The Coronavirus Special presents the results of a supplemental EU27 expert survey on European cooperation in the coronavirus crisis, which ran from 4 to 25 May 2020. The goal of this survey was to provide a glimpse into what happened to European cooperation as the pandemic reached its height. As a case study of European cooperation, the Coronavirus Special provides a reality check to the data collected in the Coalition Explorer 2020 and should be treated as a complementary tool.
What is the UK Special for?
The UK Special presents the results of a supplemental survey of British policy professionals and expert observers of European affairs on the United Kingdom’s relationships with the European Union and its member states. The survey ran from 27 March to 11 May 2020. The European Council on Foreign Relations asked policy experts about their personal vision for the UK’s future role in global politics, as well as their assessment of the UK government’s cooperation preferences, policy priorities for cooperation with the EU27, and favoured partners in various policy areas.
How and when was the survey conducted?
The EU27 Survey and the supplemental survey on the coronavirus crisis were conducted through anonymous online questionnaires in which every question was mandatory to complete the survey. The invitations were sent by email to foreign ministries, government and parliament offices, think-tanks, research institutions, journalists, and other organisations working on European policy. Upon our request, a number of recipient institutions and individuals distributed the invitation within their professional networks or departments.
The 2020 edition of the EU27 Survey ran from 11 March to 28 April 2020 and comprised 15 individual questions. A total of 845 respondents answered at least the first substantive survey question. Of those, 684 participants completed the questionnaire. The distribution of respondents across EU member states, professional backgrounds, and areas of expertise can be viewed in the tool under “Survey Info”. All results displayed in the EU Coalition Explorer are based on the total number of responses to that respective question.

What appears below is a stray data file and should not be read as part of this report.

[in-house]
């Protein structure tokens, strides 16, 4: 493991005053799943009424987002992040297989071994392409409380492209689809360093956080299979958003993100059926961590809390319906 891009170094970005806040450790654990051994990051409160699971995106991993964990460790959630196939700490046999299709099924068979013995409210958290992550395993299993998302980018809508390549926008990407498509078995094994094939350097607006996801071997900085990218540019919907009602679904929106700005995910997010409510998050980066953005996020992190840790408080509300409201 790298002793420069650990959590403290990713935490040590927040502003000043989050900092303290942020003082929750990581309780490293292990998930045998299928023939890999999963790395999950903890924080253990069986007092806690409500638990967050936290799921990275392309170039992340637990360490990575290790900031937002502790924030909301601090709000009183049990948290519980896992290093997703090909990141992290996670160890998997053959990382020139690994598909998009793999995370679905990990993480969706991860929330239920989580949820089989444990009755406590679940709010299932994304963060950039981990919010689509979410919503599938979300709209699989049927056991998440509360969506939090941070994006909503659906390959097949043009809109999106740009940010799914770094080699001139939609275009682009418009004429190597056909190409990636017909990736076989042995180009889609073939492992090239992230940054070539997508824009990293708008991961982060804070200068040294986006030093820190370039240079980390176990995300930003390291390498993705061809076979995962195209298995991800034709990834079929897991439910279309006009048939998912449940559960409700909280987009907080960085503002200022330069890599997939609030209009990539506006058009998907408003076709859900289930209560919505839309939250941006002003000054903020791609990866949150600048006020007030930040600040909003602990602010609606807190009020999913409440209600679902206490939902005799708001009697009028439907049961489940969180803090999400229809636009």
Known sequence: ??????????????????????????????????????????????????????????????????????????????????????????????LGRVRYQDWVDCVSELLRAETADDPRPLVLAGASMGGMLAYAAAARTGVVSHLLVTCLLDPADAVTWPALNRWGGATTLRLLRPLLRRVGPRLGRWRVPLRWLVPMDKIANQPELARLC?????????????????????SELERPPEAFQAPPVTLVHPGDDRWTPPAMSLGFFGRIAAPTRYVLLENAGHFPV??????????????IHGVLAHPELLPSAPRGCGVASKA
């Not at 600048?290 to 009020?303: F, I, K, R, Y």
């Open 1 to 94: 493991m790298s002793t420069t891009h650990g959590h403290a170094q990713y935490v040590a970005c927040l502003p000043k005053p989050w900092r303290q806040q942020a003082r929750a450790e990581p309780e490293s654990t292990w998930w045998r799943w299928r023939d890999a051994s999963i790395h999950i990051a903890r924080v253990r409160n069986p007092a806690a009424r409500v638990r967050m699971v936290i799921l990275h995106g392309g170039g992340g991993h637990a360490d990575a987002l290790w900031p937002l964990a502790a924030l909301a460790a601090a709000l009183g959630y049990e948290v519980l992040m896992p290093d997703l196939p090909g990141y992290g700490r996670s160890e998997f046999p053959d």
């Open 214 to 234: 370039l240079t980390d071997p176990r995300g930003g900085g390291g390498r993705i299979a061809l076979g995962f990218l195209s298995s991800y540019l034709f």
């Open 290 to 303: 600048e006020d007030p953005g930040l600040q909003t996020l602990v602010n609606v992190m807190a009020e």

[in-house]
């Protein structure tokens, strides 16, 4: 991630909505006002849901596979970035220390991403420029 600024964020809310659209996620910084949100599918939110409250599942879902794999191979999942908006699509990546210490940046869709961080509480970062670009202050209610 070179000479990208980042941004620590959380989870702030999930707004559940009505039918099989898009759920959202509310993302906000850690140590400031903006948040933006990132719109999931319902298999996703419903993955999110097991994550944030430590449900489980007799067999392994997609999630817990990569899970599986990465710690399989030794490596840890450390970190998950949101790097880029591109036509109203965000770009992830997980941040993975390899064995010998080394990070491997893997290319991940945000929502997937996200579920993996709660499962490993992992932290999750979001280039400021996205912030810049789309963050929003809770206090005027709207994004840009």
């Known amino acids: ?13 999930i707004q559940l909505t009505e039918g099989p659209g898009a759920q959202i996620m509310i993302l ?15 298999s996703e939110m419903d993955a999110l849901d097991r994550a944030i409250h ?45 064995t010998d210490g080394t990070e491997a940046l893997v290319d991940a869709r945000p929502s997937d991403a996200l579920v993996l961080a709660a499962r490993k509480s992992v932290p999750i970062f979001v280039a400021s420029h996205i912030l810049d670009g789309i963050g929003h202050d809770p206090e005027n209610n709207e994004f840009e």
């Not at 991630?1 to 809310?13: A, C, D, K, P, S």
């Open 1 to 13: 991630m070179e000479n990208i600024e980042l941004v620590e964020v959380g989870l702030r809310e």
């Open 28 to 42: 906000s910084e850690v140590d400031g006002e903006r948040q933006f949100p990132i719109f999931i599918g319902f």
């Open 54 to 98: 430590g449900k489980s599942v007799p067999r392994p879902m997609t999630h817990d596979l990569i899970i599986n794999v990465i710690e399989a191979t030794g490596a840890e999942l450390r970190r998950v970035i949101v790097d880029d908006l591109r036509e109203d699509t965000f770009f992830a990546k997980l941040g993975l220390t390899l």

The Coronavirus Special of the EU27 Survey ran from 4 to 25 May 2020 and 7 individual questions. A total of 744 respondents answered at least the first substantive survey question. Of those, 677 participants completed the questionnaire
Research on national policy intentions across 20 policy areas was conducted by ECFR’s associate researchers between 9 March and 27 May 2020. The results are based on interviews with experts and policy professionals as well as on reviews of primary sources, such as government documents and party manifestos.
Publications & Downloads
Susi Dennision, Rafael Loss, Jenny Söderström – 20 April 2021
Member states are not divided into two diametrically opposed camps. This makes the implementation of the European Green Deal an intricate puzzle – yet achievable.
EU Coalition Explorer 2020 data set
Jana Puglierin, Ulrike Franke – 14 August 2020
The EU Coalition Explorer survey reveals the importance of Germany and France within the EU, and the impact they can have when they cooperate with each other.
Pawel Zerka – 8 July 2020
ECFR research into how EU member states and institutions worked together at the height of covid-19 confirms Germany was the bloc’s undisputed crisis leader
The invisible web from interaction to coalition-building in the EU by Josef Janning & Christel Zunneberg– 22th May, 2017
Survey of experts in 28 capitals illuminates the complex network of relationships among EU member states.
Download a presentation of the 2015 data from the EU28 Survey.
- Germany at the helm: How Berlin kept Europe together in 2020. By André Hein
- Wie weiter nach dem Brexit? Ulrike Franke und Rafael Loss
- How Britain and the EU could cooperate on defence after Brexit. By Ulrike Franke
- How UK-EU trade cooperation can survive Brexit. By Euan Carss
- Warming relations: UK-EU climate cooperation after Brexit. By Rafael Loss
- On the rocks: Malta-EU relations in times of crisis. By Daniel Mainwaring
- Bubble trouble: Estonia and the coronavirus crisis. By Viljar Veebel
- Latvia during covid: How success bred complacency. by Aleksandra Palkova
- Lithuania’s pandemic: The power of regional cooperation. By Justinas Mickus
- The Swede spot: Why Stockholm needs flexible coalitions. By Pawel Zerka
- Why Germany lost its way on climate policy. By Claire Busse & Rafael Loss
- The provincial German-Polish relationship. By Piotr Buras
- How Germany could break the migration deadlock. By Clara Sophie Cramer
- United in distrust: How France and Poland can repair their broken relations. By Pawel Zerka
- The frugal blues: An underappreciated threat to the European project. By Pawel Zerka